My knowledge was confirmed with his answer to my single question and the validity of it filtered into my body one cell at a time. For the second time in our fourteen-year marriage, Hubby had exited our union to meet his emotional and/or physical desires. This time, it was not a random stranger or a friend of mine, it was my sister – yes, my half-sister – but my blood relative, my best friend, our employee. I tried to call her but she didn’t answer. I didn’t care really – I didn’t know what to say or if I would even be able to contain my burning emotions. I called mom.

I’m pretty sure I was screaming at her while she told me all of the reasons that I must be wrong. She was coming home she said – she didn’t say it, but I knew I had ruined her vacation with my ranting – I felt guilty. It wasn’t ‘my fault’ per se but I was the one calling her – needing her. Who can I talk to? My husband loves my sister – they have been having an affair. All this time – lying to my face, right in front of me – one lie after another. Where do I go? What do I do? In one part of my mind, there is a tiny, quiet voice that simply repeats over and over…

“help”.

Lightening Strikes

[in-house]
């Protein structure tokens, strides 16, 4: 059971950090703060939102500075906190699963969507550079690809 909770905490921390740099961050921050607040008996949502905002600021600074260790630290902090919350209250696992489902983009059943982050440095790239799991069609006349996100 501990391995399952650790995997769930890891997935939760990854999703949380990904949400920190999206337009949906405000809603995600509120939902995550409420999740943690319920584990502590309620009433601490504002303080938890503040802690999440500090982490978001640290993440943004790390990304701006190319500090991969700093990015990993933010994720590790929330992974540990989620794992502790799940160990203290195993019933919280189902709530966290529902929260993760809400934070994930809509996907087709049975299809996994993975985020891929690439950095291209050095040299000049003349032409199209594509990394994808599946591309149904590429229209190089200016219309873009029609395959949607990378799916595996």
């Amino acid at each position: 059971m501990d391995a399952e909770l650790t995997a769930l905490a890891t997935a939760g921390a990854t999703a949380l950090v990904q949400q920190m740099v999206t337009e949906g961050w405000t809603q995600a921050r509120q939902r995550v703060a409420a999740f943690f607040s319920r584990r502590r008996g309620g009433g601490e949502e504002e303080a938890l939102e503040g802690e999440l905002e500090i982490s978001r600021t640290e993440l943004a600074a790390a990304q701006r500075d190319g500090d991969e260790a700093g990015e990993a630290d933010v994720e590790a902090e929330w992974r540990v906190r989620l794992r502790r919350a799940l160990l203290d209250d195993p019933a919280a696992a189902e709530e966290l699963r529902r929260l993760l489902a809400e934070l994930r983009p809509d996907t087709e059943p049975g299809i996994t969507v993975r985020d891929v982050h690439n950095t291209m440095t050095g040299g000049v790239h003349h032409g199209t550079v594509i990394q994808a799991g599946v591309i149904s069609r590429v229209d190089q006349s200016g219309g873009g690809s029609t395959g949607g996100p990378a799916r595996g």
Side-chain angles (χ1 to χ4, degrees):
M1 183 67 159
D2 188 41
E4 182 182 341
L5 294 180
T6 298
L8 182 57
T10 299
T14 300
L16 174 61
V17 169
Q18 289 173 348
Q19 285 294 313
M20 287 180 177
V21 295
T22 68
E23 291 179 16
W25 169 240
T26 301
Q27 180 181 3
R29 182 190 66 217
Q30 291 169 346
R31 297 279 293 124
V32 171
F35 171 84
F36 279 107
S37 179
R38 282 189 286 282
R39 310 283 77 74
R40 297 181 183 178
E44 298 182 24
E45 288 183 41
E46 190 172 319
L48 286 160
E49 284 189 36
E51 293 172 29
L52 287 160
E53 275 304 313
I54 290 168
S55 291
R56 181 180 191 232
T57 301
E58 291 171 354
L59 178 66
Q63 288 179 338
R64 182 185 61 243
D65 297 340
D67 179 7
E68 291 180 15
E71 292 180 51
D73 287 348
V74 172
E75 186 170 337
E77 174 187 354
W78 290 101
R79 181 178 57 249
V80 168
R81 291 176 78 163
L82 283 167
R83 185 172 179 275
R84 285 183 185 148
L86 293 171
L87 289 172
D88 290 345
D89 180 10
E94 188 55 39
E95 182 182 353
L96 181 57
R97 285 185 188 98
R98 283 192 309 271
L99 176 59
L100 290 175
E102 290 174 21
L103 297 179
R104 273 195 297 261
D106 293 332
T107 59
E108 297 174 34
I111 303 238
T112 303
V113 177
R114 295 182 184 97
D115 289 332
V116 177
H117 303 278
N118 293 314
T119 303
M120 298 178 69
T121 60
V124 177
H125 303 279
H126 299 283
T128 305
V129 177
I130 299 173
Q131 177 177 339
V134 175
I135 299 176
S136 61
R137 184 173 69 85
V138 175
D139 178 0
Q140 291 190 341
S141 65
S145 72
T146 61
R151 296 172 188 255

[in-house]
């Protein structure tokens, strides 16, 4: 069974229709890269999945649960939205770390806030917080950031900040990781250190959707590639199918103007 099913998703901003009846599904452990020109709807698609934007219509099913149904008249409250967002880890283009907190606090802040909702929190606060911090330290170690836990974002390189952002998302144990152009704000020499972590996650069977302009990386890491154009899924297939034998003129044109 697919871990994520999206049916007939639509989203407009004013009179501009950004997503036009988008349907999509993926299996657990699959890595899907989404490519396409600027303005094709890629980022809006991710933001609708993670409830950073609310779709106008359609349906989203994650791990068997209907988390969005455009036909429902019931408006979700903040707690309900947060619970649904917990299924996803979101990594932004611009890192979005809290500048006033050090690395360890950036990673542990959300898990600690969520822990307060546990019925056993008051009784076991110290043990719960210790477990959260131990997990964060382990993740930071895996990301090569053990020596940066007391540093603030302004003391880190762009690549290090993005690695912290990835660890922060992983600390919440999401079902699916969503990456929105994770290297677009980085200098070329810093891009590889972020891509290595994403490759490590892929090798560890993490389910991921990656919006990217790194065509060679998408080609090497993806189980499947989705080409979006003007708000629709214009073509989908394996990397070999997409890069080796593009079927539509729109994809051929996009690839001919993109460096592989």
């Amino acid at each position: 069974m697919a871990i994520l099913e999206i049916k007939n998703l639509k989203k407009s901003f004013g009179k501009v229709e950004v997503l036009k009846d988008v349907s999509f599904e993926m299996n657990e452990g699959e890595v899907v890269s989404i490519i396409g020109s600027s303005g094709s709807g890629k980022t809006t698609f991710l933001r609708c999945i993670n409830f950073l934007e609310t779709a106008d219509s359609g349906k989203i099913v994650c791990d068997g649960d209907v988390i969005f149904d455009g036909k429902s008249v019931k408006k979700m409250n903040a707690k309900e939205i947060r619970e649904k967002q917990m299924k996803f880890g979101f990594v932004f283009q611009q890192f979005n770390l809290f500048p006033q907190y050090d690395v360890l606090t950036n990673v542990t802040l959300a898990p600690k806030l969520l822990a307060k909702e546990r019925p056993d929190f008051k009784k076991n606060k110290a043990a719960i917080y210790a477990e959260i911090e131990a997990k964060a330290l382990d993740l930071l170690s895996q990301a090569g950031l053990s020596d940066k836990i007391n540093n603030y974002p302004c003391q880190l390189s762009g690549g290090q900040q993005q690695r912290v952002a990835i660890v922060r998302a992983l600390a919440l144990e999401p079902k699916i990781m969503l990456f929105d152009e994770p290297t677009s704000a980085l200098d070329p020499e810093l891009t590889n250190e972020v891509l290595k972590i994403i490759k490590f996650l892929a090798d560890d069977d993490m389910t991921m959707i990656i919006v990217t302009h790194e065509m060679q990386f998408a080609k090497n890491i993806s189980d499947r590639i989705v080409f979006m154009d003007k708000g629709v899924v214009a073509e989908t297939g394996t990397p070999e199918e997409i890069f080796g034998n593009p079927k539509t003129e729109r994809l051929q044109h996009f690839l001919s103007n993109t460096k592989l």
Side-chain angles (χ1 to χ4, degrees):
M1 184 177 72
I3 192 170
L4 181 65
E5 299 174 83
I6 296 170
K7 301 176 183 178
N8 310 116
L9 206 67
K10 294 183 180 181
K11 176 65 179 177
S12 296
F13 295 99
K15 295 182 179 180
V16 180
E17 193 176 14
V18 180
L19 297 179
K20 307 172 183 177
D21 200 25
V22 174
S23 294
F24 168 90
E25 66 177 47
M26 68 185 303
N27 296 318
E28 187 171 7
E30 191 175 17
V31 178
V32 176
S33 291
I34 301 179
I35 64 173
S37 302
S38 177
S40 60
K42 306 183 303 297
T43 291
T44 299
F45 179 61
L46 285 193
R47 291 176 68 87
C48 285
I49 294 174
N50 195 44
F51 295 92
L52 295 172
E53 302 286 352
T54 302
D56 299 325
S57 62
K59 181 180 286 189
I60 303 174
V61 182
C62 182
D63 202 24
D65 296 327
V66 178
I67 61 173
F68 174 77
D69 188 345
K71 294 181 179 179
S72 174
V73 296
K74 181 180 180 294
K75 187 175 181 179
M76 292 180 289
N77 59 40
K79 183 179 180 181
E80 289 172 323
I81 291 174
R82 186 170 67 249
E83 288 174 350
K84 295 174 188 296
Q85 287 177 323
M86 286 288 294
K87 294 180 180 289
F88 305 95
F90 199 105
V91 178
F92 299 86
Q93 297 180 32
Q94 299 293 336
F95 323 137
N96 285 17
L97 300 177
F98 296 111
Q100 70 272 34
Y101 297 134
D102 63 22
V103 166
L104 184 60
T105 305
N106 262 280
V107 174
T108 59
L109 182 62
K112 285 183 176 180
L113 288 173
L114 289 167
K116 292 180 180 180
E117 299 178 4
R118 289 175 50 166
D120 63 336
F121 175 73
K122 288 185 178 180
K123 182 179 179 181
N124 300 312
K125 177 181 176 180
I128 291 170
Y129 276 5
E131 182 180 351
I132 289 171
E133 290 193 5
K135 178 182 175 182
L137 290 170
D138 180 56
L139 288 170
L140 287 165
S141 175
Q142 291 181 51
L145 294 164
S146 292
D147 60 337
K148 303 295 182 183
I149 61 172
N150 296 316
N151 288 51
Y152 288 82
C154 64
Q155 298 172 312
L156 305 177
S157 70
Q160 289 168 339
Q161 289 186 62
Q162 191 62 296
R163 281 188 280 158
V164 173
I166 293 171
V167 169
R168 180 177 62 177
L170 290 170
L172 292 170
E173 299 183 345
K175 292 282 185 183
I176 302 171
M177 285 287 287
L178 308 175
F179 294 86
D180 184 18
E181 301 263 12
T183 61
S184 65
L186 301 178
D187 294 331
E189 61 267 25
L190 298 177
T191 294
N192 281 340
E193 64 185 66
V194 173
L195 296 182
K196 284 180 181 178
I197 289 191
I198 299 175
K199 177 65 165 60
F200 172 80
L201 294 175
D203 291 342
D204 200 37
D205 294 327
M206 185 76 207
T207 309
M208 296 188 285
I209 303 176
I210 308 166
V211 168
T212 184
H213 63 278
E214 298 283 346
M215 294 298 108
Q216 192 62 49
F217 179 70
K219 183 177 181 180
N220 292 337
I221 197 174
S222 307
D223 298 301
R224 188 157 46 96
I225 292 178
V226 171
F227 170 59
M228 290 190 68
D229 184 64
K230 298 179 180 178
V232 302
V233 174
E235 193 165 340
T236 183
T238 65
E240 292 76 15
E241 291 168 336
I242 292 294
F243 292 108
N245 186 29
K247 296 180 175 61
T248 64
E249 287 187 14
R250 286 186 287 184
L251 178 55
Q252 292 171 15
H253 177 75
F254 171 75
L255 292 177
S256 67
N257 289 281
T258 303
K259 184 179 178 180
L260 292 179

“The cruelest lies are often told in silence.” ~ Robert Louis Stevenson

Continued from Missing Pieces

Nothing was ever resolved from the medical tests that had consumed my early winter. The cardiologist concluded that I had a healthy heart; a near perfect echocardiogram confirmed it.  The dizziness and manic pulse had calmed down a bit but still interrupted my day from time to time. Occasionally, for no apparent reason, I would have a mild ‘freak out’ physiologically speaking. My body was attempting to tell me… something.

It’s interesting to live life in a way that finds you questioning most things you know. There were so many pieces of the ‘puzzle’ of my life that didn’t register as logical or plausible and almost all of them related to Hubby and inconsistencies that I was experiencing at least weekly, if not daily. I interpreted something based on what I saw, heard, and encountered and yet when confronted, there was an absence of validation – in any regard for how I perceived a situation. I felt as if I was crazy at times. Didn’t I know what I know? How did I misconstrue so many things? I began to experience a depleted sense of self, of confidence, of morale. I questioned so many things that even the things that looked like facts with blatant evidence, I would simply pass over and discount as nothing.